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image: A Grisly Stork Buffet

A Grisly Stork Buffet

By | August 15, 2017

Marabou storks on Kenya’s Mara River feast on the carcasses of migrating wildebeest that failed to make it across the waterway.

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image: Lubchenco on Conservation

Lubchenco on Conservation

By | July 17, 2017

Former NOAA administrator and environmental scientist Jane Lunchenco discusses the importance of science in the face of climate change.

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image: Video: Cells, Skin Deep

Video: Cells, Skin Deep

By | December 1, 2016

Profilee Satyajit Mayor discusses his explorations of cell membranes, which are helping to update the classical fluid mosaic model of dynamic cellular boundaries.

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image: Well-Brined Pork

Well-Brined Pork

By | July 1, 2016

Watch what happens when marine organisms have their way with a sunken pig carcass.

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image: The Iceman Cometh

The Iceman Cometh

By | September 1, 2014

Meet Ötzi, the Copper Age ice man who is helping scientists reconstruct changes in the population genetics of the red deer he hunted.

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image: This Bug Sucks

This Bug Sucks

By | September 1, 2014

An assassin bug, which some researchers are using as living syringes to sample blood from birds and mammals, feeds on a bat.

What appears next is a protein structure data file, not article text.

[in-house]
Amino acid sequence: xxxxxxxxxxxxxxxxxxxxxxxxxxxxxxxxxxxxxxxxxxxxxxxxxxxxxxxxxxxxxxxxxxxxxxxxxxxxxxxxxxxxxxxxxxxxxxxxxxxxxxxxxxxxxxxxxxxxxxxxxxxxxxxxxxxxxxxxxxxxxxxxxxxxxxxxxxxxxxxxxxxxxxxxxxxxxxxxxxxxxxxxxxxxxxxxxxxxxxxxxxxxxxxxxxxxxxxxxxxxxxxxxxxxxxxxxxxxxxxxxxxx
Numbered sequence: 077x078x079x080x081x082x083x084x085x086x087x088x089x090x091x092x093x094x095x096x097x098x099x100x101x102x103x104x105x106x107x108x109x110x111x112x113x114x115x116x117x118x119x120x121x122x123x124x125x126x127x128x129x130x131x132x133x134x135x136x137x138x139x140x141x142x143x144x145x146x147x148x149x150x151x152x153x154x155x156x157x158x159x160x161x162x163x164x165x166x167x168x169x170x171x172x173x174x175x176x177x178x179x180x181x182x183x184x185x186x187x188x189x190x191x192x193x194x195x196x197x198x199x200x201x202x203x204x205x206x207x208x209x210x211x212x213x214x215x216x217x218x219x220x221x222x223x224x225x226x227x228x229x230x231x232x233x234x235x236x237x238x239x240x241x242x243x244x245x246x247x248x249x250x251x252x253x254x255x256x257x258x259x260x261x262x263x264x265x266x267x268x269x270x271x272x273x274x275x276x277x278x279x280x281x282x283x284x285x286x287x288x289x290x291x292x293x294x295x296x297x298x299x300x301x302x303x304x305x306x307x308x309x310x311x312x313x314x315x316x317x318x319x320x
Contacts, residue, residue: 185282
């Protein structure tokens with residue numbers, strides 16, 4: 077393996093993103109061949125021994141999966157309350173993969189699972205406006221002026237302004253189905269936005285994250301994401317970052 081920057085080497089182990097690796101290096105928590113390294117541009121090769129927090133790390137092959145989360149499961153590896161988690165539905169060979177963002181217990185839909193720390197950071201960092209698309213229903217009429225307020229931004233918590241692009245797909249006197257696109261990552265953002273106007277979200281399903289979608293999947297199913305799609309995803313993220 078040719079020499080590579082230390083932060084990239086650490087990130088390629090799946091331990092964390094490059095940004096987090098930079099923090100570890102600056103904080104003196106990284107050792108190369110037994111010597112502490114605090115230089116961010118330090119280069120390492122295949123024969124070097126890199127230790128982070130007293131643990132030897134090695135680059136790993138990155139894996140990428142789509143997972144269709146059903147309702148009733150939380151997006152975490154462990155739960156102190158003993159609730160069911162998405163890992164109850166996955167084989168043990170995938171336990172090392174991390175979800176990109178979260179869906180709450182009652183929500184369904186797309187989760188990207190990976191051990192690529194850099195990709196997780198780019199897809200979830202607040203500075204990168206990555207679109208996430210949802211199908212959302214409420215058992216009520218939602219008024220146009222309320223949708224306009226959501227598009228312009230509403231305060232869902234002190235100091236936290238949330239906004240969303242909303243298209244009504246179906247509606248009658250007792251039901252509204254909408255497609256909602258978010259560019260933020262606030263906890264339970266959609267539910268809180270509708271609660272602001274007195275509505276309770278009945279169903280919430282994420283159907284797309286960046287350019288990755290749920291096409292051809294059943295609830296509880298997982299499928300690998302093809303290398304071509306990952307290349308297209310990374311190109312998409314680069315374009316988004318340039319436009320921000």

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image: A Wilder Europe

A Wilder Europe

By | May 1, 2014

An organization hopes to restore natural ecological processes by reintroducing large herbivores to the continent.

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image: Frogcicle

Frogcicle

By | February 1, 2013

Watch as the astounding wood frog uses cellular cryopreservation tricks to freeze, thaw, and live to croak about it.

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image: Swarming Mongolia

Swarming Mongolia

By | February 1, 2012

For the past decade and a half, a crew of about 20 entomologists, water ecologists, and other specialists converges on the shorelines of Mongolia’s lakes, rivers, and streams, just when swarms of aquatic insects do the same.

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image: Chasing Grasshoppers

Chasing Grasshoppers

By | August 12, 2011

A conversation with Dan Otte, a South African artist and curator of entomology at the Academy of Natural Sciences in Philadelphia. Otte also happens to have discovered around 20 percent of the cricket species known to date.

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